Teams of specialist engineers and environmental advisers have begun work on identifying and investigating the design, safety and conservation issues associated with the proposed Maldon to Dombarton Rail Link.
Federal Infrastructure and Transport Minister Anthony Albanese said the work now being undertaken will help get the project ‘shovel ready’ and include assessing the structural integrity of the line’s partially constructed sections.
“As with any new, major piece of infrastructure we need to make sure that we get the planning right from the very beginning. What’s more, the work of the consultants will be vital to securing the necessary planning and environmental approvals,” said Mr Albanese.
“Our aim is to have all these preconstruction activities wrapped up in time for the project to be considered for possible inclusion in our next multibillion dollar road and rail construction program due to start in mid-2014.”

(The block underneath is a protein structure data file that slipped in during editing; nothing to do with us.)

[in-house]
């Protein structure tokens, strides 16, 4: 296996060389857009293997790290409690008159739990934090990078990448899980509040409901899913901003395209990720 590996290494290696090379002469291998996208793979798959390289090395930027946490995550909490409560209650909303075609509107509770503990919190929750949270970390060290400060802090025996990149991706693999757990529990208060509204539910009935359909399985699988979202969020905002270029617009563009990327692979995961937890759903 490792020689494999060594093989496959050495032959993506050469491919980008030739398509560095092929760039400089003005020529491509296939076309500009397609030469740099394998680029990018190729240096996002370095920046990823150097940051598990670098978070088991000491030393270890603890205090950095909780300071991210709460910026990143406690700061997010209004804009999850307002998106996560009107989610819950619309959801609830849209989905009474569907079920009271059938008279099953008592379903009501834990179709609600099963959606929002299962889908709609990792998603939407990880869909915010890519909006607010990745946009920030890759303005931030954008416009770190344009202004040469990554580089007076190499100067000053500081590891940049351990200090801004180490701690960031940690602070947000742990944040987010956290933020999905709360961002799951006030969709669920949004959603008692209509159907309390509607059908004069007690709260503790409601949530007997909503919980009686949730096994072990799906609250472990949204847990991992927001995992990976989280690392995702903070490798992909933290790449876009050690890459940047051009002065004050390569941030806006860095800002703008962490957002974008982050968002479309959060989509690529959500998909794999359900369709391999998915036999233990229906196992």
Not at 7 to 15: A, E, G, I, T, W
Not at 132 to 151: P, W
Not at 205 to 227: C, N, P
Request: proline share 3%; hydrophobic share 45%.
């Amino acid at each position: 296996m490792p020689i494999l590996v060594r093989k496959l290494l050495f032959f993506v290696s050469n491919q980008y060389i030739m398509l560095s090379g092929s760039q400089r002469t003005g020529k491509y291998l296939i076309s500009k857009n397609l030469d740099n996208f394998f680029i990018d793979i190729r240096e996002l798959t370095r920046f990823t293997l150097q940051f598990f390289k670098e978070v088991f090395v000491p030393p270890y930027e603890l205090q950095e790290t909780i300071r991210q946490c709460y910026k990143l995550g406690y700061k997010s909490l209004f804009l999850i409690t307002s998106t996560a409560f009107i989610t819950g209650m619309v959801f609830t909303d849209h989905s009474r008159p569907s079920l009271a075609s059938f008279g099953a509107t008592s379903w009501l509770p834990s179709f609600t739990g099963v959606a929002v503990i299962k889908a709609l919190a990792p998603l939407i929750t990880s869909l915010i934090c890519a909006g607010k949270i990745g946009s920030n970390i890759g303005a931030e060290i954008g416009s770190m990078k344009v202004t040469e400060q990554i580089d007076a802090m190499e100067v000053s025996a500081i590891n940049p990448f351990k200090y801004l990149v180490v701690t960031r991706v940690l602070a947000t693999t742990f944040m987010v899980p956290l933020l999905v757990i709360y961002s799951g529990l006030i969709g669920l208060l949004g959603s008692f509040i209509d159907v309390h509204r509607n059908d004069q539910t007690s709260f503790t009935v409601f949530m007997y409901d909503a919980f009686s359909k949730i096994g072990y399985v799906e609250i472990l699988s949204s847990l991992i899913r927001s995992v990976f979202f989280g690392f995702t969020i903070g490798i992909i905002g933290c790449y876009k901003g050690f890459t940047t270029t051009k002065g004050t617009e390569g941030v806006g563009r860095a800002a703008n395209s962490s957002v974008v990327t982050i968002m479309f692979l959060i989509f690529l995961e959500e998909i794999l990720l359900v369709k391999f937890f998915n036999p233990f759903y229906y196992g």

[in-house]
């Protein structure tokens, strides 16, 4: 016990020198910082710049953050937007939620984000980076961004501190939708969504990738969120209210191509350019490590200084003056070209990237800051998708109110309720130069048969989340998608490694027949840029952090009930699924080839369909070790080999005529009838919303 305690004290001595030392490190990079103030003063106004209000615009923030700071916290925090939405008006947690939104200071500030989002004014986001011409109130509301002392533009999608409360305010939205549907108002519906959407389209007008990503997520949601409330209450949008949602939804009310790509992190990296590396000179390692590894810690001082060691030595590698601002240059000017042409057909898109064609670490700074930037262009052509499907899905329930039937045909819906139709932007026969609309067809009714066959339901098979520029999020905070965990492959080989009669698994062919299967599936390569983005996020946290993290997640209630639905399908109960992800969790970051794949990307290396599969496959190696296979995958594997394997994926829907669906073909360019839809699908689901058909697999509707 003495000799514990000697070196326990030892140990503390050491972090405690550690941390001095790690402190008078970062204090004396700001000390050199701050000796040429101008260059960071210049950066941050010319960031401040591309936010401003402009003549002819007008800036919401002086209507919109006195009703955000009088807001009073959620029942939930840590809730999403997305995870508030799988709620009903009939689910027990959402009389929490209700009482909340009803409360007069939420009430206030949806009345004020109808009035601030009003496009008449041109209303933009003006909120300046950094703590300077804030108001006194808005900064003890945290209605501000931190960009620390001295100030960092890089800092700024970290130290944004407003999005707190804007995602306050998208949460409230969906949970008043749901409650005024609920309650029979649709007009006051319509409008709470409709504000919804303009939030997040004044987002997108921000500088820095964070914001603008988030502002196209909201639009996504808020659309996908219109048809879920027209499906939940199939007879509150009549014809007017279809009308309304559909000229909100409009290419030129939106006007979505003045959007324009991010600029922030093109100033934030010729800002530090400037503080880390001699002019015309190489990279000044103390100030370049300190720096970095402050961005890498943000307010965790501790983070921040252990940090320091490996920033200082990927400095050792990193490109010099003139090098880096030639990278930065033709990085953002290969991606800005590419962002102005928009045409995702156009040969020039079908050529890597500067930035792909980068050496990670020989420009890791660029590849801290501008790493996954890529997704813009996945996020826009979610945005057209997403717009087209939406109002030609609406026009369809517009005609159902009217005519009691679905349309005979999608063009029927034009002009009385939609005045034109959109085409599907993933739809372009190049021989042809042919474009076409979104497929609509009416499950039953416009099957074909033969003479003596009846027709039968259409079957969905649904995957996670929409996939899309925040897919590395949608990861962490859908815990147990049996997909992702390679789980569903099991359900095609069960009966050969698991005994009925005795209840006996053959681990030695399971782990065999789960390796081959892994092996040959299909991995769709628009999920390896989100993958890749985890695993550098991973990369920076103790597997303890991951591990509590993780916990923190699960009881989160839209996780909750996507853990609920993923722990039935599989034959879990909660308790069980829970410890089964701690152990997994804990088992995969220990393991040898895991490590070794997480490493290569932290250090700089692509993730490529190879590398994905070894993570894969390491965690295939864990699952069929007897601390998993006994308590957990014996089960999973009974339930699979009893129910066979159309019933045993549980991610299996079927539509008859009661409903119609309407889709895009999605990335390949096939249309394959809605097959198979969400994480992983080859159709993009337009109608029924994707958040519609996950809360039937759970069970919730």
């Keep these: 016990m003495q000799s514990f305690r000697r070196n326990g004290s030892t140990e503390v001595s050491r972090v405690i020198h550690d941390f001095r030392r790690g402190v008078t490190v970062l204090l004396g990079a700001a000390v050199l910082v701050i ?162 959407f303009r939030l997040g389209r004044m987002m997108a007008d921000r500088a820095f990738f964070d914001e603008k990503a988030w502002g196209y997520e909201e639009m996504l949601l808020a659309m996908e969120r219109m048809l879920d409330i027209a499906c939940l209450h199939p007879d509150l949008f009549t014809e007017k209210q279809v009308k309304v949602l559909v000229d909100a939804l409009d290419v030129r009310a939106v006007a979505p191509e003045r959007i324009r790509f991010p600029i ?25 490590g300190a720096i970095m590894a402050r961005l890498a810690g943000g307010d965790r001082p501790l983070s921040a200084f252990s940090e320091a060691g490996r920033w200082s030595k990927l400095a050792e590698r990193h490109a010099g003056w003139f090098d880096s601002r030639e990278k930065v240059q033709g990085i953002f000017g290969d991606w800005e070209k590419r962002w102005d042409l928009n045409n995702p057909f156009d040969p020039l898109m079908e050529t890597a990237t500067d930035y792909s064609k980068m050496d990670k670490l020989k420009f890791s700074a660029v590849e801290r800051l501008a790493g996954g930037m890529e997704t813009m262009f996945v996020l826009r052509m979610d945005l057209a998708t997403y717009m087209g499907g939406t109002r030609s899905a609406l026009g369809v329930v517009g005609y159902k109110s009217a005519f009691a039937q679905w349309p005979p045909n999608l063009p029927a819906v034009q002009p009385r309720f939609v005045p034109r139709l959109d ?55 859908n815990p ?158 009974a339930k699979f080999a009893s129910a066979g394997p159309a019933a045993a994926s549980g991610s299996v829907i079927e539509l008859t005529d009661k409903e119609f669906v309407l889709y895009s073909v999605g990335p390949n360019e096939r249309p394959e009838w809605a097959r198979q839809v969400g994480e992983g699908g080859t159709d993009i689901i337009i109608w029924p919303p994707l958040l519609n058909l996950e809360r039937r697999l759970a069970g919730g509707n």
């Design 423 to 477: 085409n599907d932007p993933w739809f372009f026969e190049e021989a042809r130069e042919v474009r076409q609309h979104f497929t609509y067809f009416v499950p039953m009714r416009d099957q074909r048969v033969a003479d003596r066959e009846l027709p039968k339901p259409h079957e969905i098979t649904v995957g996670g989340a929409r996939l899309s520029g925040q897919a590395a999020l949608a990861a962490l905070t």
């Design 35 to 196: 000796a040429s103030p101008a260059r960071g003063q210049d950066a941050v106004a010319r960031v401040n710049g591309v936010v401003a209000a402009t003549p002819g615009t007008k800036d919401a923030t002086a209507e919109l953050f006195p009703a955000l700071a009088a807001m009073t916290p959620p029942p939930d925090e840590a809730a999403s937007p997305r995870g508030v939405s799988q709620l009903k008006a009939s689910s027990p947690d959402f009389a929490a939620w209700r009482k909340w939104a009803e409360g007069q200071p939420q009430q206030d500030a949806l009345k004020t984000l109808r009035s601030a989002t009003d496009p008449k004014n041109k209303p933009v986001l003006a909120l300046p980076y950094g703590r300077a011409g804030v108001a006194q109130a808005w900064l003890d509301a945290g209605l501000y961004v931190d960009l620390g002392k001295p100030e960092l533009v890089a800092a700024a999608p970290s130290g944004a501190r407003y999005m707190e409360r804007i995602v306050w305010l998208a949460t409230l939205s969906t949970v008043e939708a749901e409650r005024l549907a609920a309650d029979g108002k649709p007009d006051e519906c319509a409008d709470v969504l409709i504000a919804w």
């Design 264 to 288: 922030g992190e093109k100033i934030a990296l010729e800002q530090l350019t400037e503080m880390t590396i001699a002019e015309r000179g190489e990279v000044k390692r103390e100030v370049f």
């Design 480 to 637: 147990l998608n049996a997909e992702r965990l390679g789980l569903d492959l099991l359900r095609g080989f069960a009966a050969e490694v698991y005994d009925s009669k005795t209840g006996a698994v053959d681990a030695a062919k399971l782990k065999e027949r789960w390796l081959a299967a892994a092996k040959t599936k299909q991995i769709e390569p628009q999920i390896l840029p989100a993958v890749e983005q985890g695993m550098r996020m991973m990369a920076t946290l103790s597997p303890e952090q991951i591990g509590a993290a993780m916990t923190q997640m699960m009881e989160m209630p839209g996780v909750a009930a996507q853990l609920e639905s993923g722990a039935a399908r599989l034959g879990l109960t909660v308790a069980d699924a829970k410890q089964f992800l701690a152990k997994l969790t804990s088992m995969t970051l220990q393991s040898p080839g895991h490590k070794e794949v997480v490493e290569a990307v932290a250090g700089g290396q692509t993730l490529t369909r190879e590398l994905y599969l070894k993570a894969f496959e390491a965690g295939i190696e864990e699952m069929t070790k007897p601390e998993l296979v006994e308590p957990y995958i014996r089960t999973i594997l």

The project would involve laying thirty five kilometres of standard gauge track connecting Port Kembla directly to the Main North South Line via Dombarton and include two passing loops, new bridges over the Nepean and Cordeaux Rivers and one of Australia’s longest tunnels.
NSW Roads and Ports Minister Duncan Gay said ecologists were inspecting the flora and fauna and monitoring nocturnal activity.
“Aquatic ecologists are looking at the fish, insects and water organisms in the nearby creeks, rivers and waterholes while a team of heritage experts are reviewing Aboriginal heritage within the study area,” said Mr Gay.
“The engineering team is focussing on design and related safety issues associated with operating diesel hauled freight trains through a four kilometre long tunnel.
“They are also surveying the connecting ends of the line, assessing the condition of the embankments, drainage and cuttings and potential construction sites along the corridor.”